On November 8, 2013, Justice Bransten of the New York County Commercial Division issued a decision in Kenney v. Immelt, 2013 NY Slip Op. 51831(U), dismissing with leave to replead a shareholder derivative claim filed by shareholders of General Electric Company against GE’s officers and directors alleging that they breached their fiduciary duties by, among other things, cutting the quarterly dividend paid to GE’s shareholders from 31 cents/share to ten cents/share.
Section 626(c) of New York’s Business Corporation Law (“BCL”) provides that a complaint in a shareholder derivative action “shall set forth with particularity the efforts of the plaintiff to secure the initiation of such action by the board or the reasons for not making such effort.” (Emphasis added). In contrast, Delaware Chancery Court Rule 23.1 (which is substantially similar to FRCP 23.1) provides that a derivative complaint “shall also allege with particularity the efforts, if any, made by the plaintiff to obtain the action the plaintiff desires from the directors or comparable authority and the reasons for the plaintiff’s failure to obtain the action or for not making the effort.”
Here, the plaintiffs did not allege that it would have been futile to demand that GE’s Board sue its officers and directors but instead alleged that they made such a demand and that it was wrongfully refused by GE’s Board. The issue before Justice Bransten was, therefore, whether plaintiffs were required to plead with particularity not only how they made their demand on the Board but also why the Board wrongfully rejected their demand. As Justice Bransten noted, “while the language of [Del. Ch. R. 23.1] is similar to that of BCL 626(c), the New York rule notably omits an explicit requirement that the complaint allege with particularity the reasons why the sought after action was not obtained.” After exhaustively canvassing relevant New York and Delaware case law, Justice Bransten concluded that “the particularized pleading requirement of BCL 626(c) should include not only allegations that demands were made on the [Board] . . . to initiate legal action, but also who made the demands, when they were made, which Board members they were made to, the content of the demands [and] why the Board refused to take action.” (Internal quotation marks omitted)(emphasis added). Justice Bransten also observed that these heightened pleading requirements were consistent with the heightened pleading requirements imposed by the New York Court of Appeals for pleading demand futility. Applying this heightened standard, Justice Bransten then concluded that plaintiffs had not pled with sufficient particularity that GE’s Board had wrongfully refused plaintiffs’ pre-suit demand.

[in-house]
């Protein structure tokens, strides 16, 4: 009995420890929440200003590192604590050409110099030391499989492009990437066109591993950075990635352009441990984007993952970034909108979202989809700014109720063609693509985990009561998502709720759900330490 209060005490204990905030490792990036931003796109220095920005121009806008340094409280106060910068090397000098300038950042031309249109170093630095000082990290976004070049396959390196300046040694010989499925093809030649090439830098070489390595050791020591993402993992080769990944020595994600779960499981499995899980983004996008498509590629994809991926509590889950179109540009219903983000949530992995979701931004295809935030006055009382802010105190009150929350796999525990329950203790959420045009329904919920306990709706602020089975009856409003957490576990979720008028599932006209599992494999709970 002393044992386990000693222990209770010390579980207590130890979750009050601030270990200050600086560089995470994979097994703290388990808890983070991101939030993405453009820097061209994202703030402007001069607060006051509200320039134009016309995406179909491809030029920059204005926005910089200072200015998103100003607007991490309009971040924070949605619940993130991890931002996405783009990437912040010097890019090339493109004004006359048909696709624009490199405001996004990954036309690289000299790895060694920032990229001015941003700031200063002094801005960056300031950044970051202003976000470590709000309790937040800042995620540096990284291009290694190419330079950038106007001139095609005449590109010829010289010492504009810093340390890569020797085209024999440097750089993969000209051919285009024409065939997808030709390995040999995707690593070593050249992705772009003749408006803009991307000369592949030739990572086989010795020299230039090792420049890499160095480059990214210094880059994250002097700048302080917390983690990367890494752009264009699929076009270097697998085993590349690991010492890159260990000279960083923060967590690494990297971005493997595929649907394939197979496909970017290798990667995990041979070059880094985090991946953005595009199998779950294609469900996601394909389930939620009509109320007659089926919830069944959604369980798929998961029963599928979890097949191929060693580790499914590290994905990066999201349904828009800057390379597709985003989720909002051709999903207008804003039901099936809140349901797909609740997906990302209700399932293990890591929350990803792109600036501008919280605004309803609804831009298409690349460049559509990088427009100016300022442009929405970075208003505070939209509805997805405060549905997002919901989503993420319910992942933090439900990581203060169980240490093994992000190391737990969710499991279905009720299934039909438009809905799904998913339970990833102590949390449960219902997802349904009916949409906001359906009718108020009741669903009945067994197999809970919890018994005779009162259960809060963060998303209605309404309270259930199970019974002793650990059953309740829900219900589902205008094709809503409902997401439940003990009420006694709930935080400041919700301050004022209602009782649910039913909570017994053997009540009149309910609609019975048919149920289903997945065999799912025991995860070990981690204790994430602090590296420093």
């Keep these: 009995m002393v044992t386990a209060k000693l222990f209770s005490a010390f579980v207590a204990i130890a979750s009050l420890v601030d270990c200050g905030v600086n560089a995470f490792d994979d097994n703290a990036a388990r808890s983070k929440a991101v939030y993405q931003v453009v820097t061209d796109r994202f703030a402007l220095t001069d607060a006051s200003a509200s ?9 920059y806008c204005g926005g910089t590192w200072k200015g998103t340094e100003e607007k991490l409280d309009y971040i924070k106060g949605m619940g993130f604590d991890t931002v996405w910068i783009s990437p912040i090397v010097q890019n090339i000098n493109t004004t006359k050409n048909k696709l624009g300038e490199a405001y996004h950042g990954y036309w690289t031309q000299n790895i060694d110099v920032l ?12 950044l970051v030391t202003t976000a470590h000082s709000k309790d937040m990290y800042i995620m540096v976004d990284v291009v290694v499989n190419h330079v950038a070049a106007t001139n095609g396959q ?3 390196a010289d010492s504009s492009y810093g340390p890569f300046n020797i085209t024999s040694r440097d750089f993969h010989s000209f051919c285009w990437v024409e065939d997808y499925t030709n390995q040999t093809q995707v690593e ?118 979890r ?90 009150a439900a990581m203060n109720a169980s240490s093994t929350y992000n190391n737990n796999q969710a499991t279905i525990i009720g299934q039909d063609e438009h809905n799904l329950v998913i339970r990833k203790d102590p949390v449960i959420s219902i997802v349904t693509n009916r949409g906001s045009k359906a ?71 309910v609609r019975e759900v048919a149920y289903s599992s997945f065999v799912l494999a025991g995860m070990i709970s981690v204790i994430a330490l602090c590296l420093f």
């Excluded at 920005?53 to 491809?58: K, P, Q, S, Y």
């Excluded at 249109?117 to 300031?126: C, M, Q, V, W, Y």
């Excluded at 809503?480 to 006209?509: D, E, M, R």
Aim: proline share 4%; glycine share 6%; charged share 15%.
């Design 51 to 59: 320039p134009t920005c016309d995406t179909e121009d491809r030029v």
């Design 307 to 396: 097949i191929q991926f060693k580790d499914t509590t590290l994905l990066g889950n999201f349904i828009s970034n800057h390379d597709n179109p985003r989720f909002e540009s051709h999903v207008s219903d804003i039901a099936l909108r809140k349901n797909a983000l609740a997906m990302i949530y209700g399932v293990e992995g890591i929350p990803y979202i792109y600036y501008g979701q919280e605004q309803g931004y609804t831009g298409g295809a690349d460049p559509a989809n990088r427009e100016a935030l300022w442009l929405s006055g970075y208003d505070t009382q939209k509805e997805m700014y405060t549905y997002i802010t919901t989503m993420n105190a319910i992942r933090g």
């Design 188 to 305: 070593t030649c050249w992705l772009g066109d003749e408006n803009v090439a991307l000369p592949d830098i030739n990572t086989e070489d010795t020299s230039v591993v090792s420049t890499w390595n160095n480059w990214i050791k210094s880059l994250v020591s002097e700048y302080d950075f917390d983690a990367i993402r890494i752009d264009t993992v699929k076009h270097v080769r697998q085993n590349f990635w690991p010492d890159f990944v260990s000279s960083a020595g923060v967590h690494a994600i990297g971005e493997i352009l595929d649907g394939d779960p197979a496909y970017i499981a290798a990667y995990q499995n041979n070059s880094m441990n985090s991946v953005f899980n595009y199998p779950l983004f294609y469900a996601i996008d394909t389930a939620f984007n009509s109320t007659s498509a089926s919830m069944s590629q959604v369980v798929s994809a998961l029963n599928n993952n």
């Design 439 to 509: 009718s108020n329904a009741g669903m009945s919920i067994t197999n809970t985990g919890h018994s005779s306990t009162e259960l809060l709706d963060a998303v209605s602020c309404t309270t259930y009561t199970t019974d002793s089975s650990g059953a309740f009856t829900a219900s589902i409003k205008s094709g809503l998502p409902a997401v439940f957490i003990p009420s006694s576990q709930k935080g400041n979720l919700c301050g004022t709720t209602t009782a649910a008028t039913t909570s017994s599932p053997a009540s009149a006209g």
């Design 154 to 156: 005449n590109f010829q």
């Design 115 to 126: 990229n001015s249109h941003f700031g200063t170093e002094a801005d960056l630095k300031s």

Finally, Justice Bransten rejected plaintiffs’ request (made in their opposition to defendants’ motion to dismiss and not in a separate motion or cross-motion) for limited discovery into the facts relating to the investigation and refusal of their pre-suit demands before the Court addressed whether the Board’s refusal of plaintiffs’ demands were wrongful, although she did grant plaintiffs leave to replead their complaint with the particularity that she found was lacking, even though plaintiffs had not requested leave to do so in opposing defendants’ motion to dismiss.
Justice Bransten’s opinion is a must-read for practitioners interested in the similarities and differences between New York and Delaware law with respect to the specificity with which a shareholder derivative plaintiff must plead the pre-suit steps the plaintiff took to demand that the corporation’s Board cause the corporation to bring the lawsuit demanded by the plaintiffs.